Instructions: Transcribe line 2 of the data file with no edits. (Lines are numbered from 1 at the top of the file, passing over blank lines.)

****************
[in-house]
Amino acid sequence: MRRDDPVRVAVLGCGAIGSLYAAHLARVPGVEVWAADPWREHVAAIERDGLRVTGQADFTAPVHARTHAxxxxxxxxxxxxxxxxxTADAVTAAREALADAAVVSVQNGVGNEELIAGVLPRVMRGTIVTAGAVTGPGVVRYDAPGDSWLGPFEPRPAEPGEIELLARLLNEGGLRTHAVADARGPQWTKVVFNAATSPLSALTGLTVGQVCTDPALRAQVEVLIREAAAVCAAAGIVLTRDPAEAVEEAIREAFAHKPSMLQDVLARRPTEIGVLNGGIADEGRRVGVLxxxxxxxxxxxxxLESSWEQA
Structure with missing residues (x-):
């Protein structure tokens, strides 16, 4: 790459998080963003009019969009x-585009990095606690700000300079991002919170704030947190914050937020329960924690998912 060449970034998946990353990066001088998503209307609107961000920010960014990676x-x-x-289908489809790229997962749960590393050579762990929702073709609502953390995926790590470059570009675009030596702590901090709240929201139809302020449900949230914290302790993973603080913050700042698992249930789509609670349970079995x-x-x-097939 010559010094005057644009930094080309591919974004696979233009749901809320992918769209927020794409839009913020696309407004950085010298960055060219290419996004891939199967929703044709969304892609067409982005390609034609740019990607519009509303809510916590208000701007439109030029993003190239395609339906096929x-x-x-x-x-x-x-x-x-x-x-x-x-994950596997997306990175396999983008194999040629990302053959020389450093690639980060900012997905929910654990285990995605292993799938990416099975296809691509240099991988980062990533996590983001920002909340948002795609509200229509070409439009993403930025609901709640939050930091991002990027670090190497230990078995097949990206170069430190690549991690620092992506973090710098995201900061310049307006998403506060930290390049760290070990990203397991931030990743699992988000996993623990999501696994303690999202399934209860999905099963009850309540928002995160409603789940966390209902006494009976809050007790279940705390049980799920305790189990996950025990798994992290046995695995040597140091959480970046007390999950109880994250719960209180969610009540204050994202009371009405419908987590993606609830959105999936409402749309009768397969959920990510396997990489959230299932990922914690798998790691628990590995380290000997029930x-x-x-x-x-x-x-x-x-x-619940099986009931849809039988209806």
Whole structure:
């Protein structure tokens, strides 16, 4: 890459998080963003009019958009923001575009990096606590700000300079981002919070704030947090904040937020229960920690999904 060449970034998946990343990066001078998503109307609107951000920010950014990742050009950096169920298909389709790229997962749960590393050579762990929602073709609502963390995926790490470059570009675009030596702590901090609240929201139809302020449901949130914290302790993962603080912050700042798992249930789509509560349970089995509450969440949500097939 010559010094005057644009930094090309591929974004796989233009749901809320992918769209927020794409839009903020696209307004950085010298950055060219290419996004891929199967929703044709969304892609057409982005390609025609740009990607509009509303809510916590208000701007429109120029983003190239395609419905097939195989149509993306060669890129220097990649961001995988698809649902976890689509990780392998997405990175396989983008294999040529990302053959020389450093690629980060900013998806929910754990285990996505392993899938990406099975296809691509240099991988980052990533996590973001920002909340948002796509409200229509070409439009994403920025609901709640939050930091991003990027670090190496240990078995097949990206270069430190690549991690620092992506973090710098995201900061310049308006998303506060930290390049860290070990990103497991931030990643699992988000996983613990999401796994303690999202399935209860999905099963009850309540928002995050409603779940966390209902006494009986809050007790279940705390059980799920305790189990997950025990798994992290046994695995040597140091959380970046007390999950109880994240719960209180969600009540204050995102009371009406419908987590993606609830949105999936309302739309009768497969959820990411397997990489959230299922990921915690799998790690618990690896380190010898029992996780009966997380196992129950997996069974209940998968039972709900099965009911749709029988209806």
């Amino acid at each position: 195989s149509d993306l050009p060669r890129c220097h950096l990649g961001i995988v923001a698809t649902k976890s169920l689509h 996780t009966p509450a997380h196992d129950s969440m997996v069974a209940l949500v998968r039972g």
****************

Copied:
Amino acid sequence: MRRDDPVRVAVLGCGAIGSLYAAHLARVPGVEVWAADPWREHVAAIERDGLRVTGQADFTAPVHARTHAxxxxxxxxxxxxxxxxxTADAVTAAREALADAAVVSVQNGVGNEELIAGVLPRVMRGTIVTAGAVTGPGVVRYDAPGDSWLGPFEPRPAEPGEIELLARLLNEGGLRTHAVADARGPQWTKVVFNAATSPLSALTGLTVGQVCTDPALRAQVEVLIREAAAVCAAAGIVLTRDPAEAVEEAIREAFAHKPSMLQDVLARRPTEIGVLNGGIADEGRRVGVLxxxxxxxxxxxxxLESSWEQA